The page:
Posted by & filed under Acupuncture, Holistic Therapy, Needles, Prevention.

Acupuncture has been used in China for thousands of years but it is still a recent addition to the way we try and heal ourselves. Recently we’ve heard about Andy Murray using acupuncture to help with pain and recovery before Wimbledon. And also about Claire Nasir as she was going through fertility issues.
But even if acupuncture is better known now than it was 10 or 15 years ago, there are still lots of myths surrounding acupuncture. Here is a top 5 of the most common myths about acupuncture.

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1- Acupuncture needles hurt!

This is possibly the most wide spread misconception about acupuncture. That acupuncture hurts in the same way that it hurts when you have an immunization or you have your blood taken.
The reality is very different. I have talked about acupuncture needles and how thin they are before and the reality is that when needles are inserted, most people will not feel more than a little prick.
However, it would be wrong to say that people will not feel anything at all. Once the needle is in, the acupuncturist will adjust the needle gently. Some people will then feel like a heaviness, a dull feeling around the needle. Some report a ‘ticklish feeling’ and others a strange feeling that they can’t quite describe.
Whatever the feeling, this is one of the signs that acupuncture is starting to have some effect on the body.

2- Acupuncture works only if you believe in it.

Another way to say that is that acupuncture is only placebo effect.
Well it is true that for any therapy, including using drugs such as ibuprofene, having a positive attitude will make a difference.
However, research has now shown that acupuncture is much more than that. We now know that acupuncture has some effects on hormones levels, it affects the brain in specific ways and alters blood flow. We also know that it can help for some specific conditions such as arthritis, nausea, headaches and migraines or back pain.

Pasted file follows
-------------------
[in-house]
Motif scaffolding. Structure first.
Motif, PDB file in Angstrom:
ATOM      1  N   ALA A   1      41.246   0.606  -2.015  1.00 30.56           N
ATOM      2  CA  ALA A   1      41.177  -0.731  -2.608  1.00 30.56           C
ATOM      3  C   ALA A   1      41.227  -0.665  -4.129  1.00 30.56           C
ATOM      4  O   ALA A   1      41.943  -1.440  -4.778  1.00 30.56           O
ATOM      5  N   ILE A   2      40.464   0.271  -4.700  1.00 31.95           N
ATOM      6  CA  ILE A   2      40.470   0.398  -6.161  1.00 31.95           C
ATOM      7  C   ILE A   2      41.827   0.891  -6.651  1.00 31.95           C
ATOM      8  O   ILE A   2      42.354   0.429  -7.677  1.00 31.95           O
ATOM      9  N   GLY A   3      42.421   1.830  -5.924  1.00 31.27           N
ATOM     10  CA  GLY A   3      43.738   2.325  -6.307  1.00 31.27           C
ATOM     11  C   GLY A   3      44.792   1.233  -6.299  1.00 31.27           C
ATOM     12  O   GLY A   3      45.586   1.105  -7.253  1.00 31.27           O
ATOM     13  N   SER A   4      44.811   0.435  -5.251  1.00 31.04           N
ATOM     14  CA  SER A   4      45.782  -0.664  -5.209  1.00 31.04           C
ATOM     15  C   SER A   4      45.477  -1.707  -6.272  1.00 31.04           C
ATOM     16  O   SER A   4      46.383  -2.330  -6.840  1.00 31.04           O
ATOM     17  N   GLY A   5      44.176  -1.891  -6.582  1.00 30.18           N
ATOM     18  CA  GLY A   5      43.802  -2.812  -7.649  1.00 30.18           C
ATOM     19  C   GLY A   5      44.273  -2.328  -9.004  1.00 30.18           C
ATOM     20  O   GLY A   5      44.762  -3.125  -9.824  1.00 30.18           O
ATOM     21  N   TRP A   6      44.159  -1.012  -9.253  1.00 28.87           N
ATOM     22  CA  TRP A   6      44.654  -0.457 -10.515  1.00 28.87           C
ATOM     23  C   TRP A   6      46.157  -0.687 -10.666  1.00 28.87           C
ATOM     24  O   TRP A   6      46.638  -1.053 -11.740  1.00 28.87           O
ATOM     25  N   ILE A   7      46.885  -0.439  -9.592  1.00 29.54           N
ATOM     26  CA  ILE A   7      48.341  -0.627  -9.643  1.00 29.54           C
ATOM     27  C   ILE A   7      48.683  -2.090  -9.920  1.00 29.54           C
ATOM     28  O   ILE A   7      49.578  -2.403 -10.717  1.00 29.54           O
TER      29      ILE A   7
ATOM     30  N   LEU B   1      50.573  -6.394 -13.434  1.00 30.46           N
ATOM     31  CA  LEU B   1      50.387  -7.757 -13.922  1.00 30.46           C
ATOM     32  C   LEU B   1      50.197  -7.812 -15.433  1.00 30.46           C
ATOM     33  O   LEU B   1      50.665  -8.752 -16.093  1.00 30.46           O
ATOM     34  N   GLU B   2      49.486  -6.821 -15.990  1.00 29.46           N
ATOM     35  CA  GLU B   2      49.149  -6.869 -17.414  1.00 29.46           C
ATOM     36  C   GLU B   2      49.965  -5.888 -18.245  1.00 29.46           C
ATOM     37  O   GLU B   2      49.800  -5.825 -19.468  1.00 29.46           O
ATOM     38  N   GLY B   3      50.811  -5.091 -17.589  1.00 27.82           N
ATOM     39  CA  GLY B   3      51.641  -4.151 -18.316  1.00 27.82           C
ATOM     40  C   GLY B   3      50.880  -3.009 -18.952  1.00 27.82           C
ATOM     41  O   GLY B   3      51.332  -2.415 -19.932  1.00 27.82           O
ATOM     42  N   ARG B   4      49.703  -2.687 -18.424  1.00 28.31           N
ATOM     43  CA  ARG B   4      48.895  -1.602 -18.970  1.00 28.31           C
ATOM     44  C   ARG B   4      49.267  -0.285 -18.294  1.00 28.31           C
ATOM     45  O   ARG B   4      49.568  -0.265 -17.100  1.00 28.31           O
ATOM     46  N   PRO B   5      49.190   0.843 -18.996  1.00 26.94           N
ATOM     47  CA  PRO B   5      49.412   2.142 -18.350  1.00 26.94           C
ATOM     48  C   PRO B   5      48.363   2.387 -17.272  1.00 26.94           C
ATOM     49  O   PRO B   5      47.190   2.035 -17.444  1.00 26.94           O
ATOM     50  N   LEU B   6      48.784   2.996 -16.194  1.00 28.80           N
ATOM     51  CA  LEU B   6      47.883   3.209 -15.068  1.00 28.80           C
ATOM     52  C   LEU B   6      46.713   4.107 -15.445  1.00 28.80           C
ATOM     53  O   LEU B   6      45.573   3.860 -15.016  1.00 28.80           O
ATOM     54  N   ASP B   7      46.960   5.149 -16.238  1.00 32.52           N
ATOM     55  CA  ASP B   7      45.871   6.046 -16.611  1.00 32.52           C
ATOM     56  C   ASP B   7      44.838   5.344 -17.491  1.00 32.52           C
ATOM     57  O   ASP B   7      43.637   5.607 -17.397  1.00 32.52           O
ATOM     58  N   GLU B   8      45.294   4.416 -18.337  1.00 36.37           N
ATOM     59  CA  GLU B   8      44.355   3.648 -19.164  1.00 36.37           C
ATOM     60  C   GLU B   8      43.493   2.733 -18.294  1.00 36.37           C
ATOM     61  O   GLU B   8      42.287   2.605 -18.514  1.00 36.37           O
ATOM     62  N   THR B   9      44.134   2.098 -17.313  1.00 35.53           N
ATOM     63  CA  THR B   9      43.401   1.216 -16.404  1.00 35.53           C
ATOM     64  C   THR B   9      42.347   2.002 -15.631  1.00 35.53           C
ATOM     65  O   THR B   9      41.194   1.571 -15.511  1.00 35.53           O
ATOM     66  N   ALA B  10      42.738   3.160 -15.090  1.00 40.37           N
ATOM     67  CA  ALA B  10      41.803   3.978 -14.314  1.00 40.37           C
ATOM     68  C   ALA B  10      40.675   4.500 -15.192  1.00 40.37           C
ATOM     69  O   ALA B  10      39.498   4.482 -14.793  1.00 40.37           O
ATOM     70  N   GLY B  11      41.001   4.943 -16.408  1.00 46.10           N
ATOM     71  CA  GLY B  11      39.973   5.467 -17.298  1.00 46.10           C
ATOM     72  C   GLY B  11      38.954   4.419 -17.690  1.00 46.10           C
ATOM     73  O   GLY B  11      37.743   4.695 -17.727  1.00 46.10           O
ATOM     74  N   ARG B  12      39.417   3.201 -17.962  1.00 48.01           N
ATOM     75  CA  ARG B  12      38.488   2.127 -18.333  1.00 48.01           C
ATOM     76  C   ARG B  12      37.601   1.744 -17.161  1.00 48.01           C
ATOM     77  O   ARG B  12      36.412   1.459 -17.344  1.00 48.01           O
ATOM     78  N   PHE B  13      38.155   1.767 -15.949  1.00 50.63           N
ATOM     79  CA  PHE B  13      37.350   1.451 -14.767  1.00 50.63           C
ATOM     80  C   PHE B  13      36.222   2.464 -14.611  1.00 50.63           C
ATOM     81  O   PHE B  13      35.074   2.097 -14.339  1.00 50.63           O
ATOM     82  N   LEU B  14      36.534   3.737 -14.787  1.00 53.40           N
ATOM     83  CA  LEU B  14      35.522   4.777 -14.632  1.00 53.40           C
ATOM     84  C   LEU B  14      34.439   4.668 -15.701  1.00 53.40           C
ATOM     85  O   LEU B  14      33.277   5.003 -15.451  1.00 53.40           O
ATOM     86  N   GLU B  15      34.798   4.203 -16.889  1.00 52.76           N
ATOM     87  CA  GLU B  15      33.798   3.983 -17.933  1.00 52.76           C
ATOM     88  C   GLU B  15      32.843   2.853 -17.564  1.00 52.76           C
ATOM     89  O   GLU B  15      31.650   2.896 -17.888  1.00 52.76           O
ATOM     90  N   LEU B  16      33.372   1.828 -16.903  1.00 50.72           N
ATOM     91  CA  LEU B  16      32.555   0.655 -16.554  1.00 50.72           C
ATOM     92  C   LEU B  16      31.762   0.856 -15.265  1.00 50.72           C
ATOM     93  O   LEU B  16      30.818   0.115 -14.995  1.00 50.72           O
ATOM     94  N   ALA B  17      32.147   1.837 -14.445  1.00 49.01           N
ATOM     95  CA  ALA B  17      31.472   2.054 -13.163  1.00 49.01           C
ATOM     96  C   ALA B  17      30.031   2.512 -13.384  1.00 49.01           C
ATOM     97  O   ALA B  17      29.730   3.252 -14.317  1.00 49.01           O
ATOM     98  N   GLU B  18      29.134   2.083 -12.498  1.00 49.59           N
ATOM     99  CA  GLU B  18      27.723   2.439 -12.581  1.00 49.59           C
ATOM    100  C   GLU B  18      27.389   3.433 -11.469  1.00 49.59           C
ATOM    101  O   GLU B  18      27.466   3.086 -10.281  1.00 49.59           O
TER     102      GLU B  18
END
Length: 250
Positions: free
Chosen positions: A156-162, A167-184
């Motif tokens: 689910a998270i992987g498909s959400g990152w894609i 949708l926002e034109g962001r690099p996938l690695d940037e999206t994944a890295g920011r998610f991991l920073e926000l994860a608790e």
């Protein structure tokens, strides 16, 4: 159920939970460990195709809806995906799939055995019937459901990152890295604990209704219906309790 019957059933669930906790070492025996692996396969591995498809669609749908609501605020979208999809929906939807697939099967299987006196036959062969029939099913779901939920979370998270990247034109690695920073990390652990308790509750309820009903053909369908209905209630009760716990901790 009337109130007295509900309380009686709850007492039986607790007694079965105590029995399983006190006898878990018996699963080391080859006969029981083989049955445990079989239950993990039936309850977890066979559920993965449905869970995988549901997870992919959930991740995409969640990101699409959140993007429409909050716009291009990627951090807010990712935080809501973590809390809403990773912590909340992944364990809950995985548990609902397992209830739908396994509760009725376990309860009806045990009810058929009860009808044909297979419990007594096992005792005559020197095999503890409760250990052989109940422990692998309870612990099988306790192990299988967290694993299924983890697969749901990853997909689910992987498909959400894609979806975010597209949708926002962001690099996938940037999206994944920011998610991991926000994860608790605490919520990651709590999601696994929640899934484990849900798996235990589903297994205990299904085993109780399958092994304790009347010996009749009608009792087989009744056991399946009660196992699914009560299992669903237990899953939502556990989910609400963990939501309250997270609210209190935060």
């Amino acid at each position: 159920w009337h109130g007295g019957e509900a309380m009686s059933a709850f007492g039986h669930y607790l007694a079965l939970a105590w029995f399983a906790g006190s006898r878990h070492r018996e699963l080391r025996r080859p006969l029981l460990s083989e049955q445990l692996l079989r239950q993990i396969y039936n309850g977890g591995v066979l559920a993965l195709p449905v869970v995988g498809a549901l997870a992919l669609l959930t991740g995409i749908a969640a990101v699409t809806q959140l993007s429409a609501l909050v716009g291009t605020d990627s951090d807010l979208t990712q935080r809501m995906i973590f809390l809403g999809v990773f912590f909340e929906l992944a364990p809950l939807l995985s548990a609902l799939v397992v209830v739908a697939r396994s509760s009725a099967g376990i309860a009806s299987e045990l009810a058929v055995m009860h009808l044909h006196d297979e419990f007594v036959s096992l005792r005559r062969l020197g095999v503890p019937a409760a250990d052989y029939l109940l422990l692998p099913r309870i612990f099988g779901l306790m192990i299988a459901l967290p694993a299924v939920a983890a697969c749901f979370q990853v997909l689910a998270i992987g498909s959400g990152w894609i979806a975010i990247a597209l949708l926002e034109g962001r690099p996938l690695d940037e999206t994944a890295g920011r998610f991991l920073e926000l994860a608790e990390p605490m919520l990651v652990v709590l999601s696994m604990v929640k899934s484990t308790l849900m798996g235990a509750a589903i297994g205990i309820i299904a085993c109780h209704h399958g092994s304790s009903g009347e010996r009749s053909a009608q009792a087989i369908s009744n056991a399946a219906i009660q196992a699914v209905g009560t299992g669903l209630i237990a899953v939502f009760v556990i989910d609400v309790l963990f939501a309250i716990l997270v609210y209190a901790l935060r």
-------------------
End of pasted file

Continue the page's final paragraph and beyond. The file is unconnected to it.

3- Acupuncture is not rooted in science

Well there are two parts in this question. First of all, now that we have some research available on acupuncture, we know a lot more about the effects of acupuncture on the body and we are starting to have a good  idea of how well acupuncture is doing for different type of conditions. Based on that, the WHO has actually listed some conditions that can be helped with acupuncture here.
But most of all, in the history of acupuncture and Chinese Medicine, we know that Chinese doctors actually conducted very thorough and meticulous investigations on the body (including dissections etc…), on illnesses and on the effects of treatment on the patients.  Many stand up very well to our modern scrutiny despite the fact they have been written more than 1500 years ago.
A good example is the description, in the 6th century, of diabetes in terms not dissimilar to the ones we would now find in modern biomedical textbook. Around the same time, another doctor recommended the use of pig’s pancreas to control the disease, which we still use nowadays.

4- Acupuncture is only good for treating pain.

Well yes acupuncture is good at treating pain. Back pain is probably what it is the best known for but also headaches and migraines, arthritis etc… 
However, acupuncture can do much more than that. It can be an excellent treatment for nausea, anxiety and depression, stress, fertility issues, support during IVF or cancer treatment, digestive problems, menopausal symptoms amongst others.
The reason is that acupuncture works on the whole body and aim to re-establish balance. You will find more about acupuncture as holistic therapy here.

5- The effects of acupuncture are only short lived

This is actually a worry for quite a few people. They are afraid that to sustain the effects, they will need to carry on getting weekly treatments for the rest of their lives.
The reality is that how long it will take to get the desired results vary greatly depending on the person and the condition. Most people will see some results within 5~6 treatments.
Whether you want to stop there because you reach your goal or whether you decide to continue using acupuncture as a preventive treatment (something that the Chinese doctors were strongly recommending) is then up to you.

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